Every Thanksgiving, my spouse and I make twenty pies the day before and serve them to our friends for breakfast on Thanksgiving morning. It is probably the most decadent thing we do all year. People love it, taking a moment of abundance to indulge in the bounty. Giving thanks to God and each other is so important on Thanksgiving and beyond. It changes are hearts and eyes. It invites us to focus on what we have instead of what we don’t have. It reminds me to approach people and things I can take for granted with renewed reverence, curiosity, respect and love.

You will be enriched in every way so that you can be generous on every occasion, and through us your generosity will result in thanksgiving to God.

-2 Corinthians 9:11

A well placed, heartfelt, specific thank you changes the energy in the air in a way that is contagious. Its spirit can grow exponentially. It is a practice that can change our worldview, posturing, outlook and energy individually and collectively. This Thanksgiving, I’m deeply grateful for my spouse, son, and baby growing inside of me. I am thankful for my co-workers and a fulfilling job. I am blessed with family, shelter, food, safety and community. I’m thankful for warm coffee, clean water, laughter, soft blankets, engaging books, beautiful music, a healthy body, and pie. In an age of cynicism, polarization, fear and scarcity, when the reach and strength of oppression can take our breath away, let us continue to give thanks and allow that gratitude to bring more beauty into a hurting world.

Do not be anxious about anything, but in every situation, by prayer and petition, with thanksgiving, present your requests to God. And the peace of God, which transcends all understanding, will guard your hearts and your minds in Christ Jesus.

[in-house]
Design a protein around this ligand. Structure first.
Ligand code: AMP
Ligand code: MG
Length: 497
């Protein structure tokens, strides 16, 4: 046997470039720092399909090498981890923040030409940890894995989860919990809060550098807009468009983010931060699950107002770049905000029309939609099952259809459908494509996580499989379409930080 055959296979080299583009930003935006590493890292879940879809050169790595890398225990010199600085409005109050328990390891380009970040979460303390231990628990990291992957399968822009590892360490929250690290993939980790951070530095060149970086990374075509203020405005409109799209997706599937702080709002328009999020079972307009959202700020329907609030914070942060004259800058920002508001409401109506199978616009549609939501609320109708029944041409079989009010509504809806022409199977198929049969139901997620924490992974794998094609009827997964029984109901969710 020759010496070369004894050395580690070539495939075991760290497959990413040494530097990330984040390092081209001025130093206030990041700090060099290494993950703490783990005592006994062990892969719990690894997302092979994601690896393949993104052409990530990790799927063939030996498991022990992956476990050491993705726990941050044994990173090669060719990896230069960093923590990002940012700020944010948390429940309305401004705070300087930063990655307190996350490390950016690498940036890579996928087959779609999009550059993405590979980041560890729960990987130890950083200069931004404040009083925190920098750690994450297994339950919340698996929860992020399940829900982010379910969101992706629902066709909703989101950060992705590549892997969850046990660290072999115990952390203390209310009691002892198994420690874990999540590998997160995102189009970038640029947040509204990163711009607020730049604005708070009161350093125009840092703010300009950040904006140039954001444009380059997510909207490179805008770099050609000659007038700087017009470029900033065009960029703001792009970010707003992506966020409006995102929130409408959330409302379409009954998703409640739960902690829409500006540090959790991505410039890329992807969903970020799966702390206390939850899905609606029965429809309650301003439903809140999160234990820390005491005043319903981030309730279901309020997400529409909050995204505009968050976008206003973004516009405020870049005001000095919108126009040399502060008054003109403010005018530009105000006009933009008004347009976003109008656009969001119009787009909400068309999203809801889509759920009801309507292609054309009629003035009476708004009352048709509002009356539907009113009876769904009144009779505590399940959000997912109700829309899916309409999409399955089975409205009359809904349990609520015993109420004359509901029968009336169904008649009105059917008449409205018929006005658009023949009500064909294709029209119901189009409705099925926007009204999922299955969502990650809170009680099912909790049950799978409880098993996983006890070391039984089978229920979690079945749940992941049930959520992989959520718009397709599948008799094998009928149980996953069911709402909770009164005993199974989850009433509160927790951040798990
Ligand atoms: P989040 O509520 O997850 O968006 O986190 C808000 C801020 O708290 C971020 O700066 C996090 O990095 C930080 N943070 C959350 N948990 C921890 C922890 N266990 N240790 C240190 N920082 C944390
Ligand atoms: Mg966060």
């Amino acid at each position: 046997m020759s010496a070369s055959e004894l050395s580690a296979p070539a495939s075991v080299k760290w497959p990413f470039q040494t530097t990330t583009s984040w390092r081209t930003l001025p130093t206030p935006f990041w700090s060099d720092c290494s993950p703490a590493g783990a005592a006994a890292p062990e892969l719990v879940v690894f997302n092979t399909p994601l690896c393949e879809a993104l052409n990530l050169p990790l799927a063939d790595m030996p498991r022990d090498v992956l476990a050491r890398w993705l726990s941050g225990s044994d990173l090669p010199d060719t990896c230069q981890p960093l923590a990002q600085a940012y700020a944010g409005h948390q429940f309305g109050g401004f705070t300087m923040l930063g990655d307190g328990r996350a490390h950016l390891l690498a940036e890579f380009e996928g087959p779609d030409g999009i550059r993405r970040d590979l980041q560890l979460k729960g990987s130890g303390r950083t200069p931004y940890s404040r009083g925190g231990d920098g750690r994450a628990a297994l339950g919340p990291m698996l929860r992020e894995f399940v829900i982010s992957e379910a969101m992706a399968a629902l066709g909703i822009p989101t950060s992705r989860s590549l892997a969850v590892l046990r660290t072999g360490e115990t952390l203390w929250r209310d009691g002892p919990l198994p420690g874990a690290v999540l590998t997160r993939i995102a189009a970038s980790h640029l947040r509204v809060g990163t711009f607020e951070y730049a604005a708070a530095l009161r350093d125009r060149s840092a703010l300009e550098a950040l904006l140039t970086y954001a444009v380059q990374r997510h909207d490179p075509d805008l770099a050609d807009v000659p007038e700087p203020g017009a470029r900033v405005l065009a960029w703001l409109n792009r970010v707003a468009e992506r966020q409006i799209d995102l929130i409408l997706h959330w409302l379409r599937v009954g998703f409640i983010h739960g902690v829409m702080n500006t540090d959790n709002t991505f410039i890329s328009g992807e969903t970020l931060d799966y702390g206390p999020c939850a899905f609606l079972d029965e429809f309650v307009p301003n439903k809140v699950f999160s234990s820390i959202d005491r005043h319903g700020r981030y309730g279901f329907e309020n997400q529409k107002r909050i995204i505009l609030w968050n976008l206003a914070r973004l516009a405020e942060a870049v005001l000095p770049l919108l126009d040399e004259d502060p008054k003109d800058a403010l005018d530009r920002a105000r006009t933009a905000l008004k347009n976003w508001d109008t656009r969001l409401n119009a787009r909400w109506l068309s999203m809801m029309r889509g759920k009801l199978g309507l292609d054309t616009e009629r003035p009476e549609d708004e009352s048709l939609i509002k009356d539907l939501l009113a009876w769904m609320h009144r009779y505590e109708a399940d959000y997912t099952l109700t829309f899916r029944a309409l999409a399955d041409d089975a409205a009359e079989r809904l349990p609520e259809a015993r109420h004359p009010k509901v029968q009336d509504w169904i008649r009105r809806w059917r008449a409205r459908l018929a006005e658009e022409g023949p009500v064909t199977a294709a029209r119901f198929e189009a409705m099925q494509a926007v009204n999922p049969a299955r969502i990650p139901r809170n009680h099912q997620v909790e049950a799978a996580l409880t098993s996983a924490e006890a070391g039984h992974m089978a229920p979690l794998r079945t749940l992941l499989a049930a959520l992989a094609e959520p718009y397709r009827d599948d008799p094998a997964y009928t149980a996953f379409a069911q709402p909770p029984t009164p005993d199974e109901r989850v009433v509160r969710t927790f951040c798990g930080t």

-Philippians 4:6-7

The Role of Women

18 Nov
Photo via Flickr user Anders Adermark

Photo via Flickr user Anders Adermark

On his recent flight from Sweden to Rome, Pope Francis told reporters, “Concerning the ordination of women in the Catholic Church, St. Pope John Paul II had the last clear word on this and it stands, this stands.” He added that it is not likely to ever change. The clarity of the statement surprised some in part because Pope Francis has been so supportive of the ministry of women in the church. He said, in fact, that “women can do many other things better than men.”

Are there fundamental differences in men and women that require such different roles in ministry? Making a gender role distinction by restricting women from overseeing word and sacrament, limits women, but also may limit men in the congregation. In a recent interview with Salt and Light, for example, Stephen Colbert shared a story about witnessing a female priest oversee Eucharist:

When I heard a woman say ‘This is my body,’ the freshness of hearing a woman say that gave the message a universality that it always should have — and I’m not saying it doesn’t coming out of a male priest — but it opened my ears to the possibility that it is also my body. That in my participation in the Eucharist, I participate in the gift that Christ gives me …

Saying women are better than men at many things also limits men. When he says women are better than men at some things, is it really because men are less capable of these things or is it because of society’s role restrictions? Take Glennon Doyle Melton passage from her latest book, Love Warrior, as an example:

God created woman as a Warrior. I think about the tragedies the women in my life have faced. How every time a child gets sick or a man leaves or a parent dies or a community crumbles, the women are the ones who carry on, who do what must be done for their people in the midst of their own pain. While those around them fall away, the women hold the sick and nurse the weak, put food on the table, carry their families’ sadness and anger and love and hope. They keep showing up for their lives and their people with the odds stacked against them and the weight of the world on their shoulders. They never stop singing songs of truth, love and redemption in the face of hopelessness. They are inexhaustible, ferocious, relentless cocreators with God, and they make beautiful worlds out of nothing.